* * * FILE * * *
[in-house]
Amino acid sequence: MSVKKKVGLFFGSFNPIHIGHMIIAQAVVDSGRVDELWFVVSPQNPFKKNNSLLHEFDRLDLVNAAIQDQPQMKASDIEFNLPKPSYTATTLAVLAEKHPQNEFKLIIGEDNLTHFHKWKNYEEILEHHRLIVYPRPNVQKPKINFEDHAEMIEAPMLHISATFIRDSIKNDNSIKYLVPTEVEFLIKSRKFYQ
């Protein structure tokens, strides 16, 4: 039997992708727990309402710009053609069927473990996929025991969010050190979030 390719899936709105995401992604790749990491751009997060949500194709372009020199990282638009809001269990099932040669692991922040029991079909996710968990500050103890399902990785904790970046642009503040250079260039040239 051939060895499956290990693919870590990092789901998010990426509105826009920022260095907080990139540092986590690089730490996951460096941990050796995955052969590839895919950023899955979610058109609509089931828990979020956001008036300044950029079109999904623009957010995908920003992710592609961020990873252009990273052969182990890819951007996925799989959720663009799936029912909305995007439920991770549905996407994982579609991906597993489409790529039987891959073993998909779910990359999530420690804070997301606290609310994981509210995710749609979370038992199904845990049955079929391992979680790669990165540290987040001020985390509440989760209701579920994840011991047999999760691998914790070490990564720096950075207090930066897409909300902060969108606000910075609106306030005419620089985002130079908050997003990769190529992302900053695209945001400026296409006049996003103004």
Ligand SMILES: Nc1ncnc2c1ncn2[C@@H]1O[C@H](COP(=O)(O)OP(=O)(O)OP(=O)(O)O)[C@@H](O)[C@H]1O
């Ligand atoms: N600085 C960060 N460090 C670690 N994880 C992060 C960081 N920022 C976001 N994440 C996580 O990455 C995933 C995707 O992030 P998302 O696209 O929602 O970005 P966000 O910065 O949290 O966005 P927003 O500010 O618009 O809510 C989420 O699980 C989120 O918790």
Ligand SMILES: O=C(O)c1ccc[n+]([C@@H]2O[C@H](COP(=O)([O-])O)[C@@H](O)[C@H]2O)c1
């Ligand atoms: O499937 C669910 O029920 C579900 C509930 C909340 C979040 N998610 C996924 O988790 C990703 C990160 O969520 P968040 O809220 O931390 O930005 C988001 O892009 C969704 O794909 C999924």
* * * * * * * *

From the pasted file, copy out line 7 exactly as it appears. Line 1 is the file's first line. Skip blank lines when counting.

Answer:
């Ligand atoms: O499937 C669910 O029920 C579900 C509930 C909340 C979040 N998610 C996924 O988790 C990703 C990160 O969520 P968040 O809220 O931390 O930005 C988001 O892009 C969704 O794909 C999924």